To the Renaissance man, a whole new view of what it meant to be human had become possible. The Age of Man had fully begun. This will be our time. The future was open and it was panoramic and moved us to wonder. We will now be free of the darkness and superstitions of the past. We can now finally—finally—see things clearly. The ascent of Mount Ventoux was for Petrarch and for rising humanism a symbolic triumph. My solitary failure was, at least to me, significant only in its total insignificance. Maybe it wasn’t even a failure. To me, it was just a lovely hike on a beautiful day. I didn’t know where I was going exactly other than up. I got lost. I turned back. That is more than sufficient.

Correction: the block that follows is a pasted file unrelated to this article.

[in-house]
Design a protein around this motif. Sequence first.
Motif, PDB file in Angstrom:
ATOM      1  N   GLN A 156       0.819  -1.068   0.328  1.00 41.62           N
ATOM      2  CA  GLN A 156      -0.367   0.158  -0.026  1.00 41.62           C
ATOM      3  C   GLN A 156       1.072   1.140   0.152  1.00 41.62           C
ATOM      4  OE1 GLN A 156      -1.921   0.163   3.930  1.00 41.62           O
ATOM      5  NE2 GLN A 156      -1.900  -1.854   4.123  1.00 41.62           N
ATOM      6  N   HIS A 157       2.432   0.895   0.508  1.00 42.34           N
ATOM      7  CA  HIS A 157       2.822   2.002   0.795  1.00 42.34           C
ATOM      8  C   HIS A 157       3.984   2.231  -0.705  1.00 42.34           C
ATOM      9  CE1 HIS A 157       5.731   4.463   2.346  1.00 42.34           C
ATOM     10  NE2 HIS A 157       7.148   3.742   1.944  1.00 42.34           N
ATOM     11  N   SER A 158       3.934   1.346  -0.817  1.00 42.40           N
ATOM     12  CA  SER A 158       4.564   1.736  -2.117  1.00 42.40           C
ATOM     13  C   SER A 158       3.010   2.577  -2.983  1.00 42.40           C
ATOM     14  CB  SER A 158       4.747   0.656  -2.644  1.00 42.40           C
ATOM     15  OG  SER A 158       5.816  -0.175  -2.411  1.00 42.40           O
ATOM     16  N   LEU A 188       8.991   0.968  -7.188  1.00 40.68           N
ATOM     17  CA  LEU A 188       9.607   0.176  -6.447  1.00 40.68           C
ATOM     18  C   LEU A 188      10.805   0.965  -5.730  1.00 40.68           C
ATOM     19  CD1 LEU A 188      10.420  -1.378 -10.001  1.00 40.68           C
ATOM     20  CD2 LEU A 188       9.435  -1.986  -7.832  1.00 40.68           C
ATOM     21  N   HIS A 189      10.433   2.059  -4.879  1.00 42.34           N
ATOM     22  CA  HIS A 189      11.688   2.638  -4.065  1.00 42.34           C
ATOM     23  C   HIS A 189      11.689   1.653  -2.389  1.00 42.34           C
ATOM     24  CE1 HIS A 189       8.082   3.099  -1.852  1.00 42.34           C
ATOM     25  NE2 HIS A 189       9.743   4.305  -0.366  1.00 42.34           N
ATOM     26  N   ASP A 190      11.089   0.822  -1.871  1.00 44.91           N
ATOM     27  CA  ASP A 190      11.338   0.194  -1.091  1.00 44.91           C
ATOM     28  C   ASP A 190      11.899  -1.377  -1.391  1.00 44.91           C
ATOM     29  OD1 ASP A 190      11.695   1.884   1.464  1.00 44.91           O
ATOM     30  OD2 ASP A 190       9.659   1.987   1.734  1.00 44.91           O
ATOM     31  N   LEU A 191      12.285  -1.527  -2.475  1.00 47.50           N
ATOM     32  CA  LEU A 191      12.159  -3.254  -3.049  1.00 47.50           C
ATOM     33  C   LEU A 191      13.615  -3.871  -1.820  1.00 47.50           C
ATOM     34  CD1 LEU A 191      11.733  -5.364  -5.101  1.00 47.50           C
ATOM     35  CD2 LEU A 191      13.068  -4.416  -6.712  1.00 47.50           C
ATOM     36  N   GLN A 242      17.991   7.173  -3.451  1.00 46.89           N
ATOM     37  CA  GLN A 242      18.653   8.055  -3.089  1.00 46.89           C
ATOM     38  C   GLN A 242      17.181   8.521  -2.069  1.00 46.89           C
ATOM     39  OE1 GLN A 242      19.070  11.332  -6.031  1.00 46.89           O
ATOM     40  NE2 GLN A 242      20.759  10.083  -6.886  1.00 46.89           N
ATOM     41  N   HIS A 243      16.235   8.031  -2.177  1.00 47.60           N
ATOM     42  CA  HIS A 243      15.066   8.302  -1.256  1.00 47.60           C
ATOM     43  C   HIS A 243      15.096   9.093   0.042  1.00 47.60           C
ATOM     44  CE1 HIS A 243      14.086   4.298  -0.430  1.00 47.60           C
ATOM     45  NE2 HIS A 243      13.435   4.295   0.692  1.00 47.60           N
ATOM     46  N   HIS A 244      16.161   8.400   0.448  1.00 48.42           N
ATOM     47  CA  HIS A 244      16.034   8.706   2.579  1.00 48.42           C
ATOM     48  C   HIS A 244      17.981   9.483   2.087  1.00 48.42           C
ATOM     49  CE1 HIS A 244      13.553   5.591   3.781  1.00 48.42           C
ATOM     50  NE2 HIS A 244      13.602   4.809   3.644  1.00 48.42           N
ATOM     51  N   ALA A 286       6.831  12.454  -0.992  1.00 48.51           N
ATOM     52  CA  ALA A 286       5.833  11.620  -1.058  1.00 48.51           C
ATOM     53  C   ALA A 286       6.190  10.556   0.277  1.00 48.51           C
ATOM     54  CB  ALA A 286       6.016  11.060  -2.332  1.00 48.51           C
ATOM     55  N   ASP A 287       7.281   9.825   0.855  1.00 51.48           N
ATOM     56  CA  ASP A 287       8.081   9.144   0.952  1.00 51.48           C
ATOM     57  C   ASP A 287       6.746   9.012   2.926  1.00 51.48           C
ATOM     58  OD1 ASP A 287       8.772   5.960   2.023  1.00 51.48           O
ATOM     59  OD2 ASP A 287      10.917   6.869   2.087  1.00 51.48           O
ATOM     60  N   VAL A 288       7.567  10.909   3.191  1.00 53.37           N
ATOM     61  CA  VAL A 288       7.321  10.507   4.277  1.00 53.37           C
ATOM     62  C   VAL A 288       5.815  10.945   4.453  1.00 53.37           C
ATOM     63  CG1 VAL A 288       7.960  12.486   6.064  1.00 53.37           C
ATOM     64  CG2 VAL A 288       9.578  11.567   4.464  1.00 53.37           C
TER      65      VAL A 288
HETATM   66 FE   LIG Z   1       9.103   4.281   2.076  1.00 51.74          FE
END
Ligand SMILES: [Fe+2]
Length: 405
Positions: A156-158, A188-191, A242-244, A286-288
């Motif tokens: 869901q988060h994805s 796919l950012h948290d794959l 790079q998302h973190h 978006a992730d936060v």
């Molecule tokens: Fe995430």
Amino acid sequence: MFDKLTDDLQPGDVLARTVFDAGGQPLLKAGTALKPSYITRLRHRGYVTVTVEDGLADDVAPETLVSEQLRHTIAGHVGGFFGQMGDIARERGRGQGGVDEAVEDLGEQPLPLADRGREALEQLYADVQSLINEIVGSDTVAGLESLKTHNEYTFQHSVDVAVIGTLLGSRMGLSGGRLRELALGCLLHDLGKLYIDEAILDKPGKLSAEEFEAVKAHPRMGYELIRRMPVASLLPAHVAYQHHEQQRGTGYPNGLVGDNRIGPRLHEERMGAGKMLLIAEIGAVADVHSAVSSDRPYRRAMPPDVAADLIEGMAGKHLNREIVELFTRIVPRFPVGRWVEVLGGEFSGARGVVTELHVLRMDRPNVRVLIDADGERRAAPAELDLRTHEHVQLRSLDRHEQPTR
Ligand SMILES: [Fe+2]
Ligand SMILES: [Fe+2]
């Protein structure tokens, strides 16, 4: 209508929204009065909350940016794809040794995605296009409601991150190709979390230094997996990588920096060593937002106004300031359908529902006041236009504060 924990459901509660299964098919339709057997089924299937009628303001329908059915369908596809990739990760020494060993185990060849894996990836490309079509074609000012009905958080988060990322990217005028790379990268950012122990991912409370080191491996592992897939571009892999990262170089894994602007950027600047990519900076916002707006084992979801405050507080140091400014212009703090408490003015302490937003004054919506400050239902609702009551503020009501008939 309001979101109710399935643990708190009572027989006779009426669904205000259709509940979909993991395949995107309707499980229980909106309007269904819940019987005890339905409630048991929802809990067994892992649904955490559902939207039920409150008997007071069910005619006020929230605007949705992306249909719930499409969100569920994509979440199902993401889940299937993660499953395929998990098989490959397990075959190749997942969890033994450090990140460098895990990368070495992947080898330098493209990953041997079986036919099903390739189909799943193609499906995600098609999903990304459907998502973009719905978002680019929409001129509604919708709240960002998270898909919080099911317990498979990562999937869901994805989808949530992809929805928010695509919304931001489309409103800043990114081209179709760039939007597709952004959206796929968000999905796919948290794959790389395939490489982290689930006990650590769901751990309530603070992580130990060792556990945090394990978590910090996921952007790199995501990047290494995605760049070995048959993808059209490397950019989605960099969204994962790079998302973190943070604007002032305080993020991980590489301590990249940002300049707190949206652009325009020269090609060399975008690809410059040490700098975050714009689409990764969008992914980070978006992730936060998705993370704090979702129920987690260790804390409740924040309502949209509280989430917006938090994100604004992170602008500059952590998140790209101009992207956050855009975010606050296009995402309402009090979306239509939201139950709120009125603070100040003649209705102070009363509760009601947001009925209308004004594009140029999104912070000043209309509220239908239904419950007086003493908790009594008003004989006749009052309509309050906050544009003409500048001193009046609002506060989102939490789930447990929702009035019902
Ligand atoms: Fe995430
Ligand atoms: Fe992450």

We seem to be on the verge of choosing what and whether human life—and with it, all life—will continue to be on this planet. Whether science fiction or not there are a lot of brainy people with a lot of money behind them trying to turn us into something quite different than what we have been. I think they will fail. But I don’t really know, maybe they won't. They will likely do tremendous of damage in the process regardless. Yet nobody is able to give a fully coherent explanation of what we are doing or why. Instead, we are drowning in partial, often unhelpful explanations. I have to wonder whether our situation even can be understood. Have we reached our cognitive and moral limits? Or are the cacophony of reasons we give merely an implicit way of admitting we don’t really know why we do what we do? Admitting our fundamental ignorance would at least be refreshing in its honesty. Instead, it is not unusual to find various deep, sincere, erudite, and eloquent views of our situation that are in nearly complete contradiction with one another. It actually is quite common. Many of them are done with the same air of certainty—where there likely is none.